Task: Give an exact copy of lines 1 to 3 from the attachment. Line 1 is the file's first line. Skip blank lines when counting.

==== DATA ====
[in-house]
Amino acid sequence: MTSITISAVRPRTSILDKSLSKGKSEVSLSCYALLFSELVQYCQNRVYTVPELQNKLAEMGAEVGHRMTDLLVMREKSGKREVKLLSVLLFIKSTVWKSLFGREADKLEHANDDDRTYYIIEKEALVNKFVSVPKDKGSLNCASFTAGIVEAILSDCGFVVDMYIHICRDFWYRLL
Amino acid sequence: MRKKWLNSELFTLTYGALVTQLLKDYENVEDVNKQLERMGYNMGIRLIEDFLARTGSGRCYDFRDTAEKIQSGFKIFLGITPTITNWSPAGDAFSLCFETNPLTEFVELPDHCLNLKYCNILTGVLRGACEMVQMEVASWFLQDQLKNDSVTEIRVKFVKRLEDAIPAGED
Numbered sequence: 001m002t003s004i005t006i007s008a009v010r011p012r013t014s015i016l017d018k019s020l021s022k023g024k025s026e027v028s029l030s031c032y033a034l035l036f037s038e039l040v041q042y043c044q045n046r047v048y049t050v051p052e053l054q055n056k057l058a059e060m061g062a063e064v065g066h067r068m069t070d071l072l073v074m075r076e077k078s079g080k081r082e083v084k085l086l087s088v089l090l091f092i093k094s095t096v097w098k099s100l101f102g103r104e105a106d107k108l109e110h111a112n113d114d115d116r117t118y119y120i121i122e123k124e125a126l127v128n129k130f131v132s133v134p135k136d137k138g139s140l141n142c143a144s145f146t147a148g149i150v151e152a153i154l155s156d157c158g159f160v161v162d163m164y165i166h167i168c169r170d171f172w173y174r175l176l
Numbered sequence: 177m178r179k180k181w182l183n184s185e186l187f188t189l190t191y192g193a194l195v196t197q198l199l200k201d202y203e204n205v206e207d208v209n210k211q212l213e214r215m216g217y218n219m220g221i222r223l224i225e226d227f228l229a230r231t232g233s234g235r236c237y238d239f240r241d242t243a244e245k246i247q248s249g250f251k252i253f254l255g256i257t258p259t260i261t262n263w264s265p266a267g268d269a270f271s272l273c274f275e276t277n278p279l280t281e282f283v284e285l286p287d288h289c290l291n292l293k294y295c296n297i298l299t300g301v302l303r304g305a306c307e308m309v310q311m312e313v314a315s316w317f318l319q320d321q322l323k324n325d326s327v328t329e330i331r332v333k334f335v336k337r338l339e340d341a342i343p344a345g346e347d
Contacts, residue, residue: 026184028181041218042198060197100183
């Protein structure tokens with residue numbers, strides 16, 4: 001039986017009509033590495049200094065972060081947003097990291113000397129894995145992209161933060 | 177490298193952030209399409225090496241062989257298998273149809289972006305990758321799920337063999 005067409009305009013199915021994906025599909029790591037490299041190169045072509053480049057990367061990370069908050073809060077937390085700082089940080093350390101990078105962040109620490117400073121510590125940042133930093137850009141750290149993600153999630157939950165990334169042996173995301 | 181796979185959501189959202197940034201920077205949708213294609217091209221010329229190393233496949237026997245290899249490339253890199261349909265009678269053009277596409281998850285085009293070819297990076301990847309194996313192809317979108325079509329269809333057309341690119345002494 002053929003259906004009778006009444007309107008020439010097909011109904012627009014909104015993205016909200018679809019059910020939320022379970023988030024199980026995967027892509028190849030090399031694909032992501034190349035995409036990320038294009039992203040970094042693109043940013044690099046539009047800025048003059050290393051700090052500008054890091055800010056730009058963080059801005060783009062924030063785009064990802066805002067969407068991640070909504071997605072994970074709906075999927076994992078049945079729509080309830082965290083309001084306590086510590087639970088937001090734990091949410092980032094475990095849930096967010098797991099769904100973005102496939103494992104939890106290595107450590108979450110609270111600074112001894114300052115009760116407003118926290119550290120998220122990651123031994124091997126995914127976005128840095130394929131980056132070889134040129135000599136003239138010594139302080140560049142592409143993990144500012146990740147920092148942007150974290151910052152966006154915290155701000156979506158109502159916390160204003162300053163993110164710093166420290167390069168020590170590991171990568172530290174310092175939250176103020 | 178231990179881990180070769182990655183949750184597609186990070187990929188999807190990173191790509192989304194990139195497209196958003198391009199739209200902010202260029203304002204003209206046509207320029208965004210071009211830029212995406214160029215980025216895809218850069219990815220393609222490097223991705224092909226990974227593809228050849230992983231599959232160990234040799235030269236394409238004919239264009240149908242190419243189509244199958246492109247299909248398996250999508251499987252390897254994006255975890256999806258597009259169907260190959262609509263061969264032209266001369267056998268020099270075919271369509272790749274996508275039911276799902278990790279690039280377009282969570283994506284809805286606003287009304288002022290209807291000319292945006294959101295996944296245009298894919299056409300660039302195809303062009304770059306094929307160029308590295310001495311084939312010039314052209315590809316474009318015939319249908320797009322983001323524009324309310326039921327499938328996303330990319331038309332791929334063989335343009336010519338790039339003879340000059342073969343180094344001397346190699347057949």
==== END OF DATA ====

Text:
[in-house]
Amino acid sequence: MTSITISAVRPRTSILDKSLSKGKSEVSLSCYALLFSELVQYCQNRVYTVPELQNKLAEMGAEVGHRMTDLLVMREKSGKREVKLLSVLLFIKSTVWKSLFGREADKLEHANDDDRTYYIIEKEALVNKFVSVPKDKGSLNCASFTAGIVEAILSDCGFVVDMYIHICRDFWYRLL
Amino acid sequence: MRKKWLNSELFTLTYGALVTQLLKDYENVEDVNKQLERMGYNMGIRLIEDFLARTGSGRCYDFRDTAEKIQSGFKIFLGITPTITNWSPAGDAFSLCFETNPLTEFVELPDHCLNLKYCNILTGVLRGACEMVQMEVASWFLQDQLKNDSVTEIRVKFVKRLEDAIPAGED